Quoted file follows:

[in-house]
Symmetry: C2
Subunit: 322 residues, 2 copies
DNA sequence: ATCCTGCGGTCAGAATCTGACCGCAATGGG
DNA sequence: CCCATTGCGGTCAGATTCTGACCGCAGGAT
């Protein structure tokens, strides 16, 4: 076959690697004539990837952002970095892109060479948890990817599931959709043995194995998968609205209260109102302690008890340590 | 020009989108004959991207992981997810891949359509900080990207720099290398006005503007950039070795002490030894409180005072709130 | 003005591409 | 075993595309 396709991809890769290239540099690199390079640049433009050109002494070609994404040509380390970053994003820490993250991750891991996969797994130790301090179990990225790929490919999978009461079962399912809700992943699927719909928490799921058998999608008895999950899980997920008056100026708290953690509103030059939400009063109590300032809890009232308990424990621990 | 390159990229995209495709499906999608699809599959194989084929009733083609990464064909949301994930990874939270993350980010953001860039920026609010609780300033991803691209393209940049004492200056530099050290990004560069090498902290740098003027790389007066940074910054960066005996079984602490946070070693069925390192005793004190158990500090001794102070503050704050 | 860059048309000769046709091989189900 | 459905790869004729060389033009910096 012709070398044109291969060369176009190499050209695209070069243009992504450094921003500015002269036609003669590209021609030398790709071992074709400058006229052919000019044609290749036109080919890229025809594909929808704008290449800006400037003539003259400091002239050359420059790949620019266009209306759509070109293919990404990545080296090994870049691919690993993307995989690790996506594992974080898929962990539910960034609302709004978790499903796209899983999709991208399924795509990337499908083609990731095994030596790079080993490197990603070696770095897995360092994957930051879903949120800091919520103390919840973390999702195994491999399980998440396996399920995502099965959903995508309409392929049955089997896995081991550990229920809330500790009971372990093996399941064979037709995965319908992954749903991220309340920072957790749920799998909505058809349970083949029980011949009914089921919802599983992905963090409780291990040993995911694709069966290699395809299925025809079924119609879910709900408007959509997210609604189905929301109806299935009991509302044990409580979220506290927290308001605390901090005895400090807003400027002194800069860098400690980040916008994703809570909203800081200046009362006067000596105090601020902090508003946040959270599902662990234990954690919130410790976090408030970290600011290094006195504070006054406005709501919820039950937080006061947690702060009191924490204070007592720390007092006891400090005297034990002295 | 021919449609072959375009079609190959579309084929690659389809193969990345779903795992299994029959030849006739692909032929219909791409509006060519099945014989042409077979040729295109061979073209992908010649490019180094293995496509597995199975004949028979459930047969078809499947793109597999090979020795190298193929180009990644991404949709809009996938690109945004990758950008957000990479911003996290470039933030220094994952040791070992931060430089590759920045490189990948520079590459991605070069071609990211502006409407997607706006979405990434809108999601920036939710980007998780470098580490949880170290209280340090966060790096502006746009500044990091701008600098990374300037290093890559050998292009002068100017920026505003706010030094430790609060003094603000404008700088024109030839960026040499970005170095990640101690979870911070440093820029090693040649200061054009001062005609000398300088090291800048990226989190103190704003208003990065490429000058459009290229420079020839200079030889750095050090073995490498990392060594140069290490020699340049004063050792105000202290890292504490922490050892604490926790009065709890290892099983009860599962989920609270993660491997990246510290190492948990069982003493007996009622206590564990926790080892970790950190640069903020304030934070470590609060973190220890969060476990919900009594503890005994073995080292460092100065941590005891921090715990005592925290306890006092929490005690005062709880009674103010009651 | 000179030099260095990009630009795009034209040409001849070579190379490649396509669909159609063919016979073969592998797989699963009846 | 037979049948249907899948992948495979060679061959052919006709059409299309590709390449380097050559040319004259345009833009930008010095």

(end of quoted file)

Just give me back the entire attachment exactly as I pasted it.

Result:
[in-house]
Symmetry: C2
Subunit: 322 residues, 2 copies
DNA sequence: ATCCTGCGGTCAGAATCTGACCGCAATGGG
DNA sequence: CCCATTGCGGTCAGATTCTGACCGCAGGAT
């Protein structure tokens, strides 16, 4: 076959690697004539990837952002970095892109060479948890990817599931959709043995194995998968609205209260109102302690008890340590 | 020009989108004959991207992981997810891949359509900080990207720099290398006005503007950039070795002490030894409180005072709130 | 003005591409 | 075993595309 396709991809890769290239540099690199390079640049433009050109002494070609994404040509380390970053994003820490993250991750891991996969797994130790301090179990990225790929490919999978009461079962399912809700992943699927719909928490799921058998999608008895999950899980997920008056100026708290953690509103030059939400009063109590300032809890009232308990424990621990 | 390159990229995209495709499906999608699809599959194989084929009733083609990464064909949301994930990874939270993350980010953001860039920026609010609780300033991803691209393209940049004492200056530099050290990004560069090498902290740098003027790389007066940074910054960066005996079984602490946070070693069925390192005793004190158990500090001794102070503050704050 | 860059048309000769046709091989189900 | 459905790869004729060389033009910096 012709070398044109291969060369176009190499050209695209070069243009992504450094921003500015002269036609003669590209021609030398790709071992074709400058006229052919000019044609290749036109080919890229025809594909929808704008290449800006400037003539003259400091002239050359420059790949620019266009209306759509070109293919990404990545080296090994870049691919690993993307995989690790996506594992974080898929962990539910960034609302709004978790499903796209899983999709991208399924795509990337499908083609990731095994030596790079080993490197990603070696770095897995360092994957930051879903949120800091919520103390919840973390999702195994491999399980998440396996399920995502099965959903995508309409392929049955089997896995081991550990229920809330500790009971372990093996399941064979037709995965319908992954749903991220309340920072957790749920799998909505058809349970083949029980011949009914089921919802599983992905963090409780291990040993995911694709069966290699395809299925025809079924119609879910709900408007959509997210609604189905929301109806299935009991509302044990409580979220506290927290308001605390901090005895400090807003400027002194800069860098400690980040916008994703809570909203800081200046009362006067000596105090601020902090508003946040959270599902662990234990954690919130410790976090408030970290600011290094006195504070006054406005709501919820039950937080006061947690702060009191924490204070007592720390007092006891400090005297034990002295 | 021919449609072959375009079609190959579309084929690659389809193969990345779903795992299994029959030849006739692909032929219909791409509006060519099945014989042409077979040729295109061979073209992908010649490019180094293995496509597995199975004949028979459930047969078809499947793109597999090979020795190298193929180009990644991404949709809009996938690109945004990758950008957000990479911003996290470039933030220094994952040791070992931060430089590759920045490189990948520079590459991605070069071609990211502006409407997607706006979405990434809108999601920036939710980007998780470098580490949880170290209280340090966060790096502006746009500044990091701008600098990374300037290093890559050998292009002068100017920026505003706010030094430790609060003094603000404008700088024109030839960026040499970005170095990640101690979870911070440093820029090693040649200061054009001062005609000398300088090291800048990226989190103190704003208003990065490429000058459009290229420079020839200079030889750095050090073995490498990392060594140069290490020699340049004063050792105000202290890292504490922490050892604490926790009065709890290892099983009860599962989920609270993660491997990246510290190492948990069982003493007996009622206590564990926790080892970790950190640069903020304030934070470590609060973190220890969060476990919900009594503890005994073995080292460092100065941590005891921090715990005592925290306890006092929490005690005062709880009674103010009651 | 000179030099260095990009630009795009034209040409001849070579190379490649396509669909159609063919016979073969592998797989699963009846 | 037979049948249907899948992948495979060679061959052919006709059409299309590709390449380097050559040319004259345009833009930008010095």